Octomom and the Politics of Babies

Octomom and the Politics of Babies None

  • Title: Octomom and the Politics of Babies
  • Author: Mark Greif
  • ISBN: null
  • Page: 369
  • Format: Kindle Edition
  • None

    • [PDF] Ñ Unlimited ✓ Octomom and the Politics of Babies : by Mark Greif ✓
      369 Mark Greif
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      Posted by:Mark Greif
      Published :2019-03-02T19:51:10+00:00

    2 thoughts on “Octomom and the Politics of Babies

    1. Mark Greif is a founder and Editor of the journal n 1 He lives and works in New York, where he is Associate Professor of Literary Studies at the New School He is the highly acclaimed author of The Age of the Crisis of Man, and his criticism and journalism have appeared in publications including the London Review of Books, Guardian, Times Literary Supplement, and New Statesman.

    2. The author of this single seemed to know what he was talking about but never really hit a home run with any of his thoughts. He jumped around a lot, which caused me to lose focus. I agree that the media used Nadya as a scapegoat, but I also feel like she is very irresponsible. There were points in the book where Greif was defending Octo-mom and then other times when he seemed to find her irresponsible as well. Perhaps he was just wanting to vent about the subject because I never read where he la [...]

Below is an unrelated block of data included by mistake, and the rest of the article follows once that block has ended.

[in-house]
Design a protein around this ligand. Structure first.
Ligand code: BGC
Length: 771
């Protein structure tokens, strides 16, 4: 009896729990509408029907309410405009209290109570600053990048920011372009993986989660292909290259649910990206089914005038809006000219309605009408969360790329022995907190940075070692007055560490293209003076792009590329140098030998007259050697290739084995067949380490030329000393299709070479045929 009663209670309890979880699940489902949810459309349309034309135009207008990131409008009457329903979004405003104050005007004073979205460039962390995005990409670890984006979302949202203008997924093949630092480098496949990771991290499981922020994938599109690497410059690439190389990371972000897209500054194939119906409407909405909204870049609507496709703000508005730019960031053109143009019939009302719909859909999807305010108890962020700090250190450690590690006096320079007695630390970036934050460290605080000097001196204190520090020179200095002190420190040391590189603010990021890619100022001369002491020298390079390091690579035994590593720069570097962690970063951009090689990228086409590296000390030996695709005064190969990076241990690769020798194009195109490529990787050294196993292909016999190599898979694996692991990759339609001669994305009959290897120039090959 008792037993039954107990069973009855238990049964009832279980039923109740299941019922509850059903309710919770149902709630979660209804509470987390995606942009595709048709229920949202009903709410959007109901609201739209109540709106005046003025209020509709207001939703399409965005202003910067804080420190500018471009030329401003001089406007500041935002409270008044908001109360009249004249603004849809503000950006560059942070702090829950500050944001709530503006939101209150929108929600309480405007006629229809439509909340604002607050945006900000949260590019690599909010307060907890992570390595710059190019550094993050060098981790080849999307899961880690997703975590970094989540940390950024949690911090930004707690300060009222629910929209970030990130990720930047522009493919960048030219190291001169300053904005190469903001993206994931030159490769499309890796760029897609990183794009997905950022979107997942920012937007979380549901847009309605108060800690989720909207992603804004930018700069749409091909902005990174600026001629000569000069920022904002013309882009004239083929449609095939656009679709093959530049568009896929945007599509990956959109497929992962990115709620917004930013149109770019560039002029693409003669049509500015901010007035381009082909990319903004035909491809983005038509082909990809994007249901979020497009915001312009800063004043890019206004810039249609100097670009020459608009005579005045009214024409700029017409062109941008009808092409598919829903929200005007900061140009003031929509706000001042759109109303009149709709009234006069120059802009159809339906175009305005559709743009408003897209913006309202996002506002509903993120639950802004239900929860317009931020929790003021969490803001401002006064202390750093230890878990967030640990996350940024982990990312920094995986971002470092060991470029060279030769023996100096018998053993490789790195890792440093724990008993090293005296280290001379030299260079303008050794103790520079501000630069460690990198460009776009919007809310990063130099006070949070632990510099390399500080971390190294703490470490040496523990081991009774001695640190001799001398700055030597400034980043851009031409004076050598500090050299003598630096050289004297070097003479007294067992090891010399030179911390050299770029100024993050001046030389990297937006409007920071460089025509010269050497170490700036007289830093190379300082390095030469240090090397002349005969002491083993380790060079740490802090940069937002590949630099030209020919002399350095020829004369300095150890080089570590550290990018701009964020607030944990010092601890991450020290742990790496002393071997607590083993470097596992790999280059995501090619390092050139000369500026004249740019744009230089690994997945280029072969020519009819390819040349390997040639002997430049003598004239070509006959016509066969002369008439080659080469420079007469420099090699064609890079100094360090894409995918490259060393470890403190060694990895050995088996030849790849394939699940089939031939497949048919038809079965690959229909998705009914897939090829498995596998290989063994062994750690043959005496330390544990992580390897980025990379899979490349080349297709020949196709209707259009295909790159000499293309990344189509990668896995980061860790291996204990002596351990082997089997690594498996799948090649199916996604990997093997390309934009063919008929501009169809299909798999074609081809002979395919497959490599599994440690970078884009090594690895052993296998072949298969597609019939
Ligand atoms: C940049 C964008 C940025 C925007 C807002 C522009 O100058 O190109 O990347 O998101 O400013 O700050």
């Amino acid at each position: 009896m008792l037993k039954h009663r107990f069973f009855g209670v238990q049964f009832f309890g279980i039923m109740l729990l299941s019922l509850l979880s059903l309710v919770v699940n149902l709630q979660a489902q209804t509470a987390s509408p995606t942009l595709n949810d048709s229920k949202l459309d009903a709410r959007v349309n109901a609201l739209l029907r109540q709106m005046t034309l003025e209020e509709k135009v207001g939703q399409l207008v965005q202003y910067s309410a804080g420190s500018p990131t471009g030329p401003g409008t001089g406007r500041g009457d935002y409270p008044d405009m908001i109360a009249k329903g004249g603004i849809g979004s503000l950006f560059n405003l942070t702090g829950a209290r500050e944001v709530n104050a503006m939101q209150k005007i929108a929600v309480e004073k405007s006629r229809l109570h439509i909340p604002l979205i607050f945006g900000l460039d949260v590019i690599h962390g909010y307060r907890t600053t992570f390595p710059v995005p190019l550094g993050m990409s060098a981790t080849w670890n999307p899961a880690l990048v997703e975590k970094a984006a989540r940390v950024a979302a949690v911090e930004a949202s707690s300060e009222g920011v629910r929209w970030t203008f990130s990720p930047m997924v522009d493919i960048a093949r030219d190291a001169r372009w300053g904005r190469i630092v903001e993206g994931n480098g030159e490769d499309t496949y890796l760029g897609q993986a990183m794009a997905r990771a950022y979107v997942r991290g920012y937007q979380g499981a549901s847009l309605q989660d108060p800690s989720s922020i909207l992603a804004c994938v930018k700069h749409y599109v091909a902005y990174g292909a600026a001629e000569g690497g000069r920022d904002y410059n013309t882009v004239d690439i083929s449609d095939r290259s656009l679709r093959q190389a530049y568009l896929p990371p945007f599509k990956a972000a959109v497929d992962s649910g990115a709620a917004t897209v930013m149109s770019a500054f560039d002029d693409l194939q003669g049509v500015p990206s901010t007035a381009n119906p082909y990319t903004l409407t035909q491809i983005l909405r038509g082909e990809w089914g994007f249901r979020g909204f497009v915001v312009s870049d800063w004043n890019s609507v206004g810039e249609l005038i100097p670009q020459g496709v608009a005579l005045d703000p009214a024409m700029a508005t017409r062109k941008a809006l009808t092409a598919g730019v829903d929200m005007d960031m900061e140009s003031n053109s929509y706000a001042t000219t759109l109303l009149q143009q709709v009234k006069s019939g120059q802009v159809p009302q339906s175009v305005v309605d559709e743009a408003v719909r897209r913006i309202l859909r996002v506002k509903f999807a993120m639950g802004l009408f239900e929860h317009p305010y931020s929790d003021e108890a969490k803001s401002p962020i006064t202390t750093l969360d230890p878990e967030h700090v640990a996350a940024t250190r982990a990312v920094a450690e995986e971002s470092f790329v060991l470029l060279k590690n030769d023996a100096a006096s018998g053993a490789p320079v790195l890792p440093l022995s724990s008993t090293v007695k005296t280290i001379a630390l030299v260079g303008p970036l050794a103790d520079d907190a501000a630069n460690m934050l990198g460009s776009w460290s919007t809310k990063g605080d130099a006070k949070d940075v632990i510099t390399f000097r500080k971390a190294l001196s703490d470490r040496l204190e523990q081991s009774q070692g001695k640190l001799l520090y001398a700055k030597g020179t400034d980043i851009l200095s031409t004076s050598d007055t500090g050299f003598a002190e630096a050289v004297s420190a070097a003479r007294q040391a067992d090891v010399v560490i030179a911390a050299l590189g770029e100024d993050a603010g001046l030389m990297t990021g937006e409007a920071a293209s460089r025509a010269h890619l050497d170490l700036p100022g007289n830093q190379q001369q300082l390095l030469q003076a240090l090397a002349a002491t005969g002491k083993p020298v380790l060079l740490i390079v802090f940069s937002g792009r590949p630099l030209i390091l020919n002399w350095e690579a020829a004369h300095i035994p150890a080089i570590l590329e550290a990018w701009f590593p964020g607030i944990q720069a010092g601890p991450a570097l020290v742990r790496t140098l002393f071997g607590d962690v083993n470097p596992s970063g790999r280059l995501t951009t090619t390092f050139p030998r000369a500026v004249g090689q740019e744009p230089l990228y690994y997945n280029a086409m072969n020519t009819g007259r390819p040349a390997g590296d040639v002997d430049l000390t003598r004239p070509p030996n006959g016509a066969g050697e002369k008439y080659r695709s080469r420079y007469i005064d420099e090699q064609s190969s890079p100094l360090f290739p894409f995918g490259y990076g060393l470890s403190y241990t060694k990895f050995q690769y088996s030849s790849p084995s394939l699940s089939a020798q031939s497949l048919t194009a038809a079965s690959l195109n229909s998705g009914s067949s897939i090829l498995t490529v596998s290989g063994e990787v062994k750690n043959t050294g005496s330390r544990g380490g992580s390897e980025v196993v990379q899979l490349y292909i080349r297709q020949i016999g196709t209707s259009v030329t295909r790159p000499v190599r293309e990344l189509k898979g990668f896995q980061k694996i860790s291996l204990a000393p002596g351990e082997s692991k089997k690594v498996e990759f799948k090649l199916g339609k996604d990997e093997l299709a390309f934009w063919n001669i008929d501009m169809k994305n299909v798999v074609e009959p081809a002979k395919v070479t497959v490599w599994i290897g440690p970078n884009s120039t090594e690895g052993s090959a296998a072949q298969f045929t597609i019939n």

3. An exceptionally well-versed and contextually argued editorial analogy of America's Octomom fascination versus the present financial crisis, as of 2011. Greif's command of the English language left me more enamored with his knack for writing more than the subject matter, though I certainly can't fault him for his clear ability to provoke thought in a manner far exceeding expectations for the "self-published" shelf.I'll be following Greif's work here on .5 of 5 for a great bargain essay.

    4. This Kindle single was a short, rambling essay about Octomom and tangentially related topics. A more accurate title would have been "Octomom and Other Stuff That Happened in 2008-2009, Including the Financial Crisis And Everything Else." I expected a more nuanced glance (even with the short length) on motherhood and reproduction in the U.S but was disappointed in the unfocused narrative.

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